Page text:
Fatal overdoses among Black Philadelphians soared during the pandemic, new data show
City officials say the alarming rise in deaths was likely made worse by the effects of the COVID-19 pandemic.
Fatal overdoses among Black Philadelphians skyrocketed in the first three quarters of 2020, new data from the city health department show. And overdoses have risen at alarming rates in several communities outside the neighborhoods typically considered “hot spots” for drug deaths.
City officials say the spike in deaths, noted in a city report on its Opioid Response Unit, was likely made worse by the effects of the COVID-19 pandemic. And the latest data show how Philadelphia’s overdose crisis is changing, affecting more people of color — who also have suffered the most from COVID-19 — across the city.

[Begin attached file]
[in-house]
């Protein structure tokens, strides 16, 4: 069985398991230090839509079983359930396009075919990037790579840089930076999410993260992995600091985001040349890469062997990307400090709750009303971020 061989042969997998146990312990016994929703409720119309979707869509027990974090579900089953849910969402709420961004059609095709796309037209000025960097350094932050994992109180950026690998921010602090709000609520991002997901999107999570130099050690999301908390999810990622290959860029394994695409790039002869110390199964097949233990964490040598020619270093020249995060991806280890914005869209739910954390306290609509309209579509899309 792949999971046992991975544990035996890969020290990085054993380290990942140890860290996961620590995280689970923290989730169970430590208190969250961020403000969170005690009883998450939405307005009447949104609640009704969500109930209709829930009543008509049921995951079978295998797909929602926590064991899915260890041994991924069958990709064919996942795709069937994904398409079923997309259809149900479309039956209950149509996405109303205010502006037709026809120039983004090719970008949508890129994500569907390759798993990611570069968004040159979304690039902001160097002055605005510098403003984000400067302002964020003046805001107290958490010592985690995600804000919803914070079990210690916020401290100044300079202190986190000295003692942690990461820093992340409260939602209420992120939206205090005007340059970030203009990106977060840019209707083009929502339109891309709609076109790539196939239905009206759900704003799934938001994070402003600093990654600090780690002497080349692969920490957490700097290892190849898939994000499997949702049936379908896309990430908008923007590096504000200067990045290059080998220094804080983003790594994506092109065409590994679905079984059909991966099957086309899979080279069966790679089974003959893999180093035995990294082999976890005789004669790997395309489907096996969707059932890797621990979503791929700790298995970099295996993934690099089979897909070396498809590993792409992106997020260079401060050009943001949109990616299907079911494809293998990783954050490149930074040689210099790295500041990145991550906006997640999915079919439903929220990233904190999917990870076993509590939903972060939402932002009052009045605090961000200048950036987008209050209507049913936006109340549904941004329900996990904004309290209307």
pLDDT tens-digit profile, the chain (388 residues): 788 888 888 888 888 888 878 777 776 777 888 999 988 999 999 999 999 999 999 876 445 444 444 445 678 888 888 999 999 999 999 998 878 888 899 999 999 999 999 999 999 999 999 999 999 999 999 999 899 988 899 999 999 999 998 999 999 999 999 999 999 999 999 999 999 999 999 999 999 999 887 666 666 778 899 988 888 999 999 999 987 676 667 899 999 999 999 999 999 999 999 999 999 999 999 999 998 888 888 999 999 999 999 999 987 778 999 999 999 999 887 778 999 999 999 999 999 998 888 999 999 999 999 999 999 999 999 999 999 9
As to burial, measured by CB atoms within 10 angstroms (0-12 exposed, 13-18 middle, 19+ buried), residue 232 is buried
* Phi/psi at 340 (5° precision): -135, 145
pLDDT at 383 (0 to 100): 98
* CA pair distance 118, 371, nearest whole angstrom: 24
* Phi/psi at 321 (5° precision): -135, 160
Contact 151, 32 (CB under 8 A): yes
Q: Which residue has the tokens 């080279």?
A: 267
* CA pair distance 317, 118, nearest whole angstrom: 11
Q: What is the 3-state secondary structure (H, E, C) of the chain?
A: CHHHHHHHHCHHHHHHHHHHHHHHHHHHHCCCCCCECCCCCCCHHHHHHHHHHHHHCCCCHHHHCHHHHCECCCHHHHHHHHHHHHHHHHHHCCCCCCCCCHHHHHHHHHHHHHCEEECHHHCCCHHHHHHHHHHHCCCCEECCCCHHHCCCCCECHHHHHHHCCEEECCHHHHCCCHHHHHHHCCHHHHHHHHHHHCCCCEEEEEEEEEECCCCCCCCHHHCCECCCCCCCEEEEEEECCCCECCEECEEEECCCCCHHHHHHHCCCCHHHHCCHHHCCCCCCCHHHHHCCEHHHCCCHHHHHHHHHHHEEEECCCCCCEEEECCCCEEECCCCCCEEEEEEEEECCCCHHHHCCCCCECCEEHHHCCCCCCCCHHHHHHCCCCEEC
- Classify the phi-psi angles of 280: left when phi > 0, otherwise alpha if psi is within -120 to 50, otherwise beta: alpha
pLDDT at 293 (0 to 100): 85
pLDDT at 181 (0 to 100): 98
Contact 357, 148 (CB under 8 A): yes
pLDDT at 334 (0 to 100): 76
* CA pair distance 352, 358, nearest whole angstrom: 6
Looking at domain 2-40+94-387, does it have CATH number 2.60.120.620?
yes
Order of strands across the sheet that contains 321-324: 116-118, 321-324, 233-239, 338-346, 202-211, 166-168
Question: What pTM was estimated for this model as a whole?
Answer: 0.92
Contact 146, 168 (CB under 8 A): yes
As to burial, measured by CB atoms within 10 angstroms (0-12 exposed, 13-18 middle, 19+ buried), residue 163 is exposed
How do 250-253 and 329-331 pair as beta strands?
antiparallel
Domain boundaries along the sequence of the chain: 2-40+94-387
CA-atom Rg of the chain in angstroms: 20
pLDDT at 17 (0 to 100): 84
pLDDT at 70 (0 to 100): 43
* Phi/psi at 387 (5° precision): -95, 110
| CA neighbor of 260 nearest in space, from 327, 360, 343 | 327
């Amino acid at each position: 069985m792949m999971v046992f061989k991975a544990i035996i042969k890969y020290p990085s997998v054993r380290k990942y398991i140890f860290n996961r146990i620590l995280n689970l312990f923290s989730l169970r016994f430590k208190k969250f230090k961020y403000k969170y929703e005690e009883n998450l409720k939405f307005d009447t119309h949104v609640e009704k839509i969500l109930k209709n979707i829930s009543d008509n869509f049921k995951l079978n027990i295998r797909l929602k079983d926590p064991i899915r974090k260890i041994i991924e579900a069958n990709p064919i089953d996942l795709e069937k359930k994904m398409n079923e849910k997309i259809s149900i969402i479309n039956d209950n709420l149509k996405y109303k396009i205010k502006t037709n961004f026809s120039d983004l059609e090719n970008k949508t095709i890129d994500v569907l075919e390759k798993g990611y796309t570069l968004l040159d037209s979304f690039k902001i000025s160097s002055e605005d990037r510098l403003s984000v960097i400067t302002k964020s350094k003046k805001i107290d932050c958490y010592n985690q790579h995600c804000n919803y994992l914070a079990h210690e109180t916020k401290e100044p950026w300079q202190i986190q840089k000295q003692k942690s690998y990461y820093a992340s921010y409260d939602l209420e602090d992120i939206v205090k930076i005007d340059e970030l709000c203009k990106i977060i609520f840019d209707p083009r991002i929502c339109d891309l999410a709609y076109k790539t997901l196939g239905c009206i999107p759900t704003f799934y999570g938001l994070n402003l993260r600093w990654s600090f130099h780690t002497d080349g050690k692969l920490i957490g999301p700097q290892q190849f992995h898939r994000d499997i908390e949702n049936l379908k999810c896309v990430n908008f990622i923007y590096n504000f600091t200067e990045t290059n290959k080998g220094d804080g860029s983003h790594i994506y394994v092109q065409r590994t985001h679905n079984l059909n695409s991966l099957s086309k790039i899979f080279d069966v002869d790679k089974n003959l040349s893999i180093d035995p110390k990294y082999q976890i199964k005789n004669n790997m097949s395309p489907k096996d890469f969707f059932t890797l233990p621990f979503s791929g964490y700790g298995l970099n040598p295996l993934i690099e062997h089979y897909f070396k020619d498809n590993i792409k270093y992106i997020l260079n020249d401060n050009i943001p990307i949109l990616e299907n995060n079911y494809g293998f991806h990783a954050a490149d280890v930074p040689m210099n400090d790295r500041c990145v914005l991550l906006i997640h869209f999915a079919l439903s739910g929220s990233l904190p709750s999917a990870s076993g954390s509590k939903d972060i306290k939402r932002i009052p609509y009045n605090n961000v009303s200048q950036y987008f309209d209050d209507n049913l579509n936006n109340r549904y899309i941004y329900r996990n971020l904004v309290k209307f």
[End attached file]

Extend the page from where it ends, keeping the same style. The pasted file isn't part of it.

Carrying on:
Overall, overdose deaths rose 11% in the first three quarters of 2020 in Philadelphia, compared with the same period in 2019, and while the full tally of overdose deaths for 2020 has not yet been confirmed, health officials expect a record-breaking death toll.
But overdose deaths among white residents decreased by 7.3% in the first three quarters of 2020, while deaths among Black Philadelphians increased by 40.3%. Deaths among Hispanic Philadelphians also increased, by 5.9%, according to the report on the unit, which is a collaboration among various city agencies to address the opioid epidemic.
The report also notes that while overdoses have decreased in some zip codes that are still considered hot spots for drug deaths -- like South Philadelphia’s 19148 and Kensington’s 19134 -- several zip codes in West Philadelphia and North Philadelphia saw overdoses jump by more than 25% in the first three quarters of 2020, compared with the same time period in 2019.